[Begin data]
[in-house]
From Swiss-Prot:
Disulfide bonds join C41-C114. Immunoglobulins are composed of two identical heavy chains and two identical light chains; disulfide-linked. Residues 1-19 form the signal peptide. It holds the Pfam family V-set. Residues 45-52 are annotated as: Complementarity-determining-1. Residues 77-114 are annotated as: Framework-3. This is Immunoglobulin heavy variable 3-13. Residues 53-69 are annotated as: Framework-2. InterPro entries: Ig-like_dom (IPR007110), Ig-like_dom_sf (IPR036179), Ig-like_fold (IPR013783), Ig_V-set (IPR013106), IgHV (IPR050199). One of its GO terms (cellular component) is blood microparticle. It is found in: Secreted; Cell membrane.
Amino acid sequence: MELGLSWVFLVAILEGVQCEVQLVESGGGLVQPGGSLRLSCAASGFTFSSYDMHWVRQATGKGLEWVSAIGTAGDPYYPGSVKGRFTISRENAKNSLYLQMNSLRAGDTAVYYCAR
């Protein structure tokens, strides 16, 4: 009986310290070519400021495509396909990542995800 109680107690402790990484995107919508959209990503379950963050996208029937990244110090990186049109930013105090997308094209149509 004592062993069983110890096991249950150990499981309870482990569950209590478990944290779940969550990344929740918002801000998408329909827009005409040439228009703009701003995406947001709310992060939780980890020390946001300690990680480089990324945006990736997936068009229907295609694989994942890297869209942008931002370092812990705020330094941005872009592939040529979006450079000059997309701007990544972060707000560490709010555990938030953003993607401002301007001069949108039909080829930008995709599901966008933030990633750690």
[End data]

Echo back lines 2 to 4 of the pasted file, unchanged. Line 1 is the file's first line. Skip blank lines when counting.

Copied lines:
From Swiss-Prot:
Disulfide bonds join C41-C114. Immunoglobulins are composed of two identical heavy chains and two identical light chains; disulfide-linked. Residues 1-19 form the signal peptide. It holds the Pfam family V-set. Residues 45-52 are annotated as: Complementarity-determining-1. Residues 77-114 are annotated as: Framework-3. This is Immunoglobulin heavy variable 3-13. Residues 53-69 are annotated as: Framework-2. InterPro entries: Ig-like_dom (IPR007110), Ig-like_dom_sf (IPR036179), Ig-like_fold (IPR013783), Ig_V-set (IPR013106), IgHV (IPR050199). One of its GO terms (cellular component) is blood microparticle. It is found in: Secreted; Cell membrane.
Amino acid sequence: MELGLSWVFLVAILEGVQCEVQLVESGGGLVQPGGSLRLSCAASGFTFSSYDMHWVRQATGKGLEWVSAIGTAGDPYYPGSVKGRFTISRENAKNSLYLQMNSLRAGDTAVYYCAR